In addition, I find it completely unprofessional when a person’s business email address ends in something like “@gmail.com”, “@yahoo.com, or “@aol.com” (believe it or not there are still people out there with an AOL account). For example, the email address might read something like johndoe@gmail.com. Instead you would rather see the email address have the name of the company in it – johndoe@abcfinance.com.

These things reflect that the financial planning firm actually spent the time and money necessary to set up their website and email properly. And it gives off a professional vibe. 

3. Search For a Financial Planner, Not an Investment Manager.

This will be difficult to discern because everyone these days calls themselves a financial planner. We’ve had clients tell us over the years that their previous advisor claimed to be a “financial planner” only to discover later that they were just an investment manager and not really doing any sort of planning at all.

So, how can you properly discern this? Ideally you want to go to someone who is a Certified Financial Planner™ (CFP®). This credential represents that a financial planner has been through a rigorous curriculum covering many different financial planning topics. Additionally, they had to pass a very difficult test (that many do not pass) and complete 3 years of service in order to be called a CFP®. Oh and by they way, a Certified Financial Planner™ also has to at least have a Bachelor’s Degree. So, in short, there is a very high likelihood that a CFP® will truly work with you on a financial planning basis (which includes your investments) and won’t just be an investment manager.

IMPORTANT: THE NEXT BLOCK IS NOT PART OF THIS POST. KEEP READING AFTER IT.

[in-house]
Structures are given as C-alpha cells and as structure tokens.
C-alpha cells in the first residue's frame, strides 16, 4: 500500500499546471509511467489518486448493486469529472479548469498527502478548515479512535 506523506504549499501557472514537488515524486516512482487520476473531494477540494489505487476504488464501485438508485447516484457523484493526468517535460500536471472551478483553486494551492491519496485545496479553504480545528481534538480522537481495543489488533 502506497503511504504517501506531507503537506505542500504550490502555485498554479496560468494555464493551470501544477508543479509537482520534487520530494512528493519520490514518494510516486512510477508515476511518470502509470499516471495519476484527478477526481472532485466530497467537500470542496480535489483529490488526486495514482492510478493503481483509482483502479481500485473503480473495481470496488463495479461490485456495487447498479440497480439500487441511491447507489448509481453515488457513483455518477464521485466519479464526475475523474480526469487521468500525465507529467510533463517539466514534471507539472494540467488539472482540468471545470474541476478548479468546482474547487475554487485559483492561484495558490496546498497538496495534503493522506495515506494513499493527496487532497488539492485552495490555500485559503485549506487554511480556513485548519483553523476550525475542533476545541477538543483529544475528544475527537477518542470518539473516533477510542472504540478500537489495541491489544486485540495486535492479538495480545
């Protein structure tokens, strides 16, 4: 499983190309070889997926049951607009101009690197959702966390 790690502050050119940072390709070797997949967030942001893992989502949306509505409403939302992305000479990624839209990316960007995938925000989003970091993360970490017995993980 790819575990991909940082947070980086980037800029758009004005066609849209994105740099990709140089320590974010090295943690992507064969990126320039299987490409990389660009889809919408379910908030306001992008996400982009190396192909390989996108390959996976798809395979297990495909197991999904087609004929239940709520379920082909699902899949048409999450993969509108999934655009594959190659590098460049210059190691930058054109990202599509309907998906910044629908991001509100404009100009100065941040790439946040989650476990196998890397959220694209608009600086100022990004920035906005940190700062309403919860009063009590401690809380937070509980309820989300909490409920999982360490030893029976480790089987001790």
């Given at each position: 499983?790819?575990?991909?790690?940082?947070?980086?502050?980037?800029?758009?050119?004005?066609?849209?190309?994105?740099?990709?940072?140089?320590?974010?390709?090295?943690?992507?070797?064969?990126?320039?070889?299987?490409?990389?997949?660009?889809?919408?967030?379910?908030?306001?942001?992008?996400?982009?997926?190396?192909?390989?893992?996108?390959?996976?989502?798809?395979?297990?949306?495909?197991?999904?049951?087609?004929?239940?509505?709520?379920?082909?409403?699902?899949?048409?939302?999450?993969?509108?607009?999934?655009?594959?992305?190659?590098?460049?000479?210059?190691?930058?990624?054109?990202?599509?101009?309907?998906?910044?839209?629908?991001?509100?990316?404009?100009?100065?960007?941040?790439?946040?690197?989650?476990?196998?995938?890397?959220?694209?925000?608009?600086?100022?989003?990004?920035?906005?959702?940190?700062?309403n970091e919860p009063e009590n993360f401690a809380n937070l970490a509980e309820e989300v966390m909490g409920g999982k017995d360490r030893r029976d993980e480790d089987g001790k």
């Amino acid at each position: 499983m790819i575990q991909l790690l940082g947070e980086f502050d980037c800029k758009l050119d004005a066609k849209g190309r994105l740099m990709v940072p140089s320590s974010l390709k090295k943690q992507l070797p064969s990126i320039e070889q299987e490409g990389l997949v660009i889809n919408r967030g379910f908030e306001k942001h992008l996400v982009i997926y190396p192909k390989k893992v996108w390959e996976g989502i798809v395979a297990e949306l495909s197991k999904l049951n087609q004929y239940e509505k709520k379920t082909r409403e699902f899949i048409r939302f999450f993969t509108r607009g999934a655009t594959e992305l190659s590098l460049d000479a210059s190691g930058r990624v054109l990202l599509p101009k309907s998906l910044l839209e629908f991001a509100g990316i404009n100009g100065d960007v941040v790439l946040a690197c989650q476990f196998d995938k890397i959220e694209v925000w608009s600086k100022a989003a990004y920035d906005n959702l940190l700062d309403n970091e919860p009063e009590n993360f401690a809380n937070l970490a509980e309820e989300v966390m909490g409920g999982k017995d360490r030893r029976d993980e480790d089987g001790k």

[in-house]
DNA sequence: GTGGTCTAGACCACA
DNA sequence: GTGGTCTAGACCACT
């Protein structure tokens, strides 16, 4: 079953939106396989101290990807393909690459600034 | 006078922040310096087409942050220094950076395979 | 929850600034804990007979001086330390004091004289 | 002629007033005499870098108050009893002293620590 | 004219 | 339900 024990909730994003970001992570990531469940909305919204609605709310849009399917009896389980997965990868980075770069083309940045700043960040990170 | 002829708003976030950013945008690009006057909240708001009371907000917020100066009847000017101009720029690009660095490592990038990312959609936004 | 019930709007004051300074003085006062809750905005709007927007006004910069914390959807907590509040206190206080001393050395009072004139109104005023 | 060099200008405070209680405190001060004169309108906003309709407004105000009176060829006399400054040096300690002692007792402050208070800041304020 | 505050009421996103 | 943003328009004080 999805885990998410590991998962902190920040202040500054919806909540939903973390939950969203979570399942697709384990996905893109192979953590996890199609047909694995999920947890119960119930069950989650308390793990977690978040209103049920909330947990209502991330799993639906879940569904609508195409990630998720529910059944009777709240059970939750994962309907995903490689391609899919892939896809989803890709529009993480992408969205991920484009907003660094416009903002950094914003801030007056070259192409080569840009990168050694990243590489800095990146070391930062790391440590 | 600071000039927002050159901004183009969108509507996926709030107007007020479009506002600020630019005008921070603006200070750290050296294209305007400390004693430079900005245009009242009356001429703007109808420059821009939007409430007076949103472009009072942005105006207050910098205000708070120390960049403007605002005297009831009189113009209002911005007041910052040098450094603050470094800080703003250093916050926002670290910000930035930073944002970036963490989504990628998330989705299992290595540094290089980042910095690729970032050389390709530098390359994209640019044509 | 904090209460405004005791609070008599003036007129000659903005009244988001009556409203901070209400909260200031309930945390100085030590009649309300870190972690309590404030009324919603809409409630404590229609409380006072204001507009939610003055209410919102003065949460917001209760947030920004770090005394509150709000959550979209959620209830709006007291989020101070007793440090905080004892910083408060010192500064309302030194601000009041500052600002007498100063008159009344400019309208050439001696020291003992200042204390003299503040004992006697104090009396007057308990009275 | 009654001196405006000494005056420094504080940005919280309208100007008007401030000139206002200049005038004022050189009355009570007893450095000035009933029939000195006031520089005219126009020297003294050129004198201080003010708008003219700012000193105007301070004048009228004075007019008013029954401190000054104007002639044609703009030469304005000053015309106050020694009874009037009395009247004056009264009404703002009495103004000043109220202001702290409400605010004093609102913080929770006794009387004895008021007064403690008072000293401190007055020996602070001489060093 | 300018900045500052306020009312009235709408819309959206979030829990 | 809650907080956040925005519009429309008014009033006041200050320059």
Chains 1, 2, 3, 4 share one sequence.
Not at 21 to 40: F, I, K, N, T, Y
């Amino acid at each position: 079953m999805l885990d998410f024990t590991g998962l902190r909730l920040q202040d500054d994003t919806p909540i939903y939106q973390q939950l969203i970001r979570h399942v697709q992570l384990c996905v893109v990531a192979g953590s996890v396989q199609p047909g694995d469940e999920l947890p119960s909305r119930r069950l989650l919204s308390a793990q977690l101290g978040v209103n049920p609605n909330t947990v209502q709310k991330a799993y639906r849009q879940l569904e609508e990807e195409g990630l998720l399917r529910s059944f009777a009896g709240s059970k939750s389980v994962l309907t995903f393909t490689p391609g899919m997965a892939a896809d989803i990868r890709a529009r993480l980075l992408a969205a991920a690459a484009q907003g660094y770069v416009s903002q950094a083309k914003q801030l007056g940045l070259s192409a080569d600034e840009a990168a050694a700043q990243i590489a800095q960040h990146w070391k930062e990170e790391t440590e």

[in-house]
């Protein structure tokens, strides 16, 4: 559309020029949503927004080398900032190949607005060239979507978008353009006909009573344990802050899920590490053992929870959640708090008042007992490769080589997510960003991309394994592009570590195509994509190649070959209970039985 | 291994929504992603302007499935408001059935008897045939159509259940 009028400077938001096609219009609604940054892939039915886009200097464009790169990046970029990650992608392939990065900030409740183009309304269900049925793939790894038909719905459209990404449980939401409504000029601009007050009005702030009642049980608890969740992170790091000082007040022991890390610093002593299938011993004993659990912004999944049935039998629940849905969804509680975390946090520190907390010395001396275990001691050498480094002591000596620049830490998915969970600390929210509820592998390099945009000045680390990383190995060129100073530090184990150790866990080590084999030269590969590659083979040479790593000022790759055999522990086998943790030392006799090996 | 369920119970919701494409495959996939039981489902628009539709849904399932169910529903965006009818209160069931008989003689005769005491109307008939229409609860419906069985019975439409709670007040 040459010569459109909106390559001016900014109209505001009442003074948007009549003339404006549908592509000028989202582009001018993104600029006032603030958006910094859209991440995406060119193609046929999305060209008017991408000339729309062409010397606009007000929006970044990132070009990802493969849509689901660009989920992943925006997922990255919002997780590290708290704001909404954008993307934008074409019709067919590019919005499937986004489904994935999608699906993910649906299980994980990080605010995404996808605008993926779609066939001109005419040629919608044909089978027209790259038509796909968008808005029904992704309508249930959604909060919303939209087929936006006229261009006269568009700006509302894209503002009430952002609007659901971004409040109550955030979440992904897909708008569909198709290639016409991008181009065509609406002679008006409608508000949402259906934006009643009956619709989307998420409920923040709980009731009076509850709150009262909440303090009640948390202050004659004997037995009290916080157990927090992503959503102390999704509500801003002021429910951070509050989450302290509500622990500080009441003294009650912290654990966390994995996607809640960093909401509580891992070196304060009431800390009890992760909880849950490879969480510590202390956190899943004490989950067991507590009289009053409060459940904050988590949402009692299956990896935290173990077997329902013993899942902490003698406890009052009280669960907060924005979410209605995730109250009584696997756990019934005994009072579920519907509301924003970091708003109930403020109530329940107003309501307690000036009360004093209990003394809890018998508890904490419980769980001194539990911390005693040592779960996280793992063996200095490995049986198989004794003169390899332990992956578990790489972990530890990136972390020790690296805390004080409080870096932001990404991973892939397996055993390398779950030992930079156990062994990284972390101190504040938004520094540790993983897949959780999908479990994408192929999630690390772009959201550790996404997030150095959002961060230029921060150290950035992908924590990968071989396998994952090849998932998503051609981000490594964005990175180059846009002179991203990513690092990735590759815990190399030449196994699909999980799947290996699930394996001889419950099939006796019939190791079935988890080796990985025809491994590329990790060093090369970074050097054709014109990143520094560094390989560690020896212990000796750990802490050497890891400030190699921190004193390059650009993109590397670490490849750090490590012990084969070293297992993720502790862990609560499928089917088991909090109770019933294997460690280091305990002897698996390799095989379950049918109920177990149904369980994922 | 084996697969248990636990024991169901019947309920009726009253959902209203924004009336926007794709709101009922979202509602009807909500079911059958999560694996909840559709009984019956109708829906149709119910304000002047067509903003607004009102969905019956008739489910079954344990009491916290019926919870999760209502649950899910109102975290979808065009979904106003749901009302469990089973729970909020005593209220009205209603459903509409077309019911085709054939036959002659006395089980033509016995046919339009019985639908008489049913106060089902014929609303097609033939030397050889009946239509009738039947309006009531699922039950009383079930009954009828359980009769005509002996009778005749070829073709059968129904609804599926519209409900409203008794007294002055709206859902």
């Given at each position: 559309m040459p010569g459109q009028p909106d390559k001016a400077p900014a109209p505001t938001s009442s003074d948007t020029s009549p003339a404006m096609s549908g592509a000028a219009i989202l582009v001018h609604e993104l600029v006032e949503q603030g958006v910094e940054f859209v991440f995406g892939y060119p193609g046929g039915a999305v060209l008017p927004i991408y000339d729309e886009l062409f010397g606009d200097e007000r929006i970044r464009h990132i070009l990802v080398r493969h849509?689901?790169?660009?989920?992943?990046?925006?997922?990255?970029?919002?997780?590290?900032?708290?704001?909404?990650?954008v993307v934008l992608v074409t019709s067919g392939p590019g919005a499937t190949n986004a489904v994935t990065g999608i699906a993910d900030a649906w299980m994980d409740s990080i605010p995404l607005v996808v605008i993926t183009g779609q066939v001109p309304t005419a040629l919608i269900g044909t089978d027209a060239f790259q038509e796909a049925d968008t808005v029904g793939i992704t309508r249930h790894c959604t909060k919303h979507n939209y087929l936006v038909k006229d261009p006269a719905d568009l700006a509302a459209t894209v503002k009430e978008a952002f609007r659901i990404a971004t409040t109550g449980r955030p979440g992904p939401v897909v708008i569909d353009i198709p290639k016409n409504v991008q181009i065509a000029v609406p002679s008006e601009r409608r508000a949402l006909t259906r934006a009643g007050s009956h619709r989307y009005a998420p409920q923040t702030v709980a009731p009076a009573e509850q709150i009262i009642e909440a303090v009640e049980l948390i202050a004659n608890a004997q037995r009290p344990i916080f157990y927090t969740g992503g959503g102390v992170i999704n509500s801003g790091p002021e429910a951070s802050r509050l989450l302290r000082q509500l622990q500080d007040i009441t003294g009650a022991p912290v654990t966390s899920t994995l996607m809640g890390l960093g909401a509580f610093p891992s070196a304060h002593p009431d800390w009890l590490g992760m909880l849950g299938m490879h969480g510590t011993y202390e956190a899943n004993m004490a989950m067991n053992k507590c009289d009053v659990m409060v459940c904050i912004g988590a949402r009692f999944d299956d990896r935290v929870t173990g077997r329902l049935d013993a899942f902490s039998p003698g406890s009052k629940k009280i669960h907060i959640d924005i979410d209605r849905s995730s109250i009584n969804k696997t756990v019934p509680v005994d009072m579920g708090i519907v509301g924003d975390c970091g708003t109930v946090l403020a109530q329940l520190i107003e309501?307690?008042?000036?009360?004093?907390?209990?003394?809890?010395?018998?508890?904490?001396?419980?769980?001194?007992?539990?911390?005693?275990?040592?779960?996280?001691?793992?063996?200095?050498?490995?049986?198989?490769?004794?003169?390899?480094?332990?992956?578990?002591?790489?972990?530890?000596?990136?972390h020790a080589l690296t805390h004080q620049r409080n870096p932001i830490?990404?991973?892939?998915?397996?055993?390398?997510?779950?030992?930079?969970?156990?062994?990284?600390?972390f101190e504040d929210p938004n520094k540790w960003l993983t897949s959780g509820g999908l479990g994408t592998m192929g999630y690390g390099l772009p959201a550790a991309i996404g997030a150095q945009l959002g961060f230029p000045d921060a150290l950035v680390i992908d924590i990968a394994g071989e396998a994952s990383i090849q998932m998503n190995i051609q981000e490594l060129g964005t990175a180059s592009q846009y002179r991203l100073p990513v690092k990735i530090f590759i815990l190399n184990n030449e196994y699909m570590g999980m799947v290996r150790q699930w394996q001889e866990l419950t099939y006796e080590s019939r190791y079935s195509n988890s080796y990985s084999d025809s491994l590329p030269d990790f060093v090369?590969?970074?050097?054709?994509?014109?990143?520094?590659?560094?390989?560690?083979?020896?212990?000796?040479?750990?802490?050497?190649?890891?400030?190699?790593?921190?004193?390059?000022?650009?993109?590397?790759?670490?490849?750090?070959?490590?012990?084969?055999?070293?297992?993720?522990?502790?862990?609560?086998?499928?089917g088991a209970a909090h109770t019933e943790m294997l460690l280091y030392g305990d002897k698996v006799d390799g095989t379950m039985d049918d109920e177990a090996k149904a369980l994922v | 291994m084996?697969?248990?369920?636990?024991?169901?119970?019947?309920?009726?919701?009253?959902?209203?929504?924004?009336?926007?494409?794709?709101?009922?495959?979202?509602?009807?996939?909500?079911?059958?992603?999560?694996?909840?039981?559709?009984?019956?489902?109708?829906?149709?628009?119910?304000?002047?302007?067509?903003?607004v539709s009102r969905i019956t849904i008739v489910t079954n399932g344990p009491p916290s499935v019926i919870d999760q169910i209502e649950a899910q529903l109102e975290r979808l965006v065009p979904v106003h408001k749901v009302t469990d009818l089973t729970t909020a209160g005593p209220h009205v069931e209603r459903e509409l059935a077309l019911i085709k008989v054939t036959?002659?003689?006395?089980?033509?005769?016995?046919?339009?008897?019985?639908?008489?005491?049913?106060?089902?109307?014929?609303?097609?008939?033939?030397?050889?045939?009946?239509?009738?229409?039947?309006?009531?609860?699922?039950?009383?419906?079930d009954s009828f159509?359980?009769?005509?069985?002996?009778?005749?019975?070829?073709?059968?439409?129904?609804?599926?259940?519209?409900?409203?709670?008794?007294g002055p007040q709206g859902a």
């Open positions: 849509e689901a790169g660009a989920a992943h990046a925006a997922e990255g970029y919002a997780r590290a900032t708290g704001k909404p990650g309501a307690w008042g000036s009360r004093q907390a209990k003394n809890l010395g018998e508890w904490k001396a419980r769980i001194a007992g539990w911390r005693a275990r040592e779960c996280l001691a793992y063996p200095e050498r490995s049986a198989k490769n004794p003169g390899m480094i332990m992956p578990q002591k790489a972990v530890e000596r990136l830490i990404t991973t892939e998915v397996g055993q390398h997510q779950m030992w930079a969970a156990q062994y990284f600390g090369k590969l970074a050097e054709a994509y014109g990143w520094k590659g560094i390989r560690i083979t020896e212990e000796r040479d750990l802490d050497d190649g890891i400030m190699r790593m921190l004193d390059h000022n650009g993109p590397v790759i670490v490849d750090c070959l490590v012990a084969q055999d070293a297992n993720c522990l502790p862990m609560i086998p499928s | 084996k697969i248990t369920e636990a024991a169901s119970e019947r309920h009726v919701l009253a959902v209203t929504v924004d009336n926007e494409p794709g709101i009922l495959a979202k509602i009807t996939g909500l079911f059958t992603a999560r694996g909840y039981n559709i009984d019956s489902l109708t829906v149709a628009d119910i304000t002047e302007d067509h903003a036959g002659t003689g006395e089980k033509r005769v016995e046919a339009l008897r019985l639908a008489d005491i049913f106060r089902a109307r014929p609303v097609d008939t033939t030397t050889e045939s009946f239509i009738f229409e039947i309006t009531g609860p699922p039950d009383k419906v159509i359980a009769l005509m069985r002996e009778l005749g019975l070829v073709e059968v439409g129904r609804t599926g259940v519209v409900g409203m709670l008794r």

4. Look for a Fee-Only Financial Planner.

Fee-Only planner is one who is solely compensated by the client for the financial planning advice and investment management services provided. They do not sell products or earn any commissions. In addition, they do not work for a bank, insurance company, investment company, or brokerage firm. In essence, Fee-Only planners are independent of these types of firms. Advisors who work for these firms are usually required to sell products for a commission and they must meet sales and product quotas. So essentially this means that Fee-Only planners are advice-driven whereas Commission-based planners are product-driven.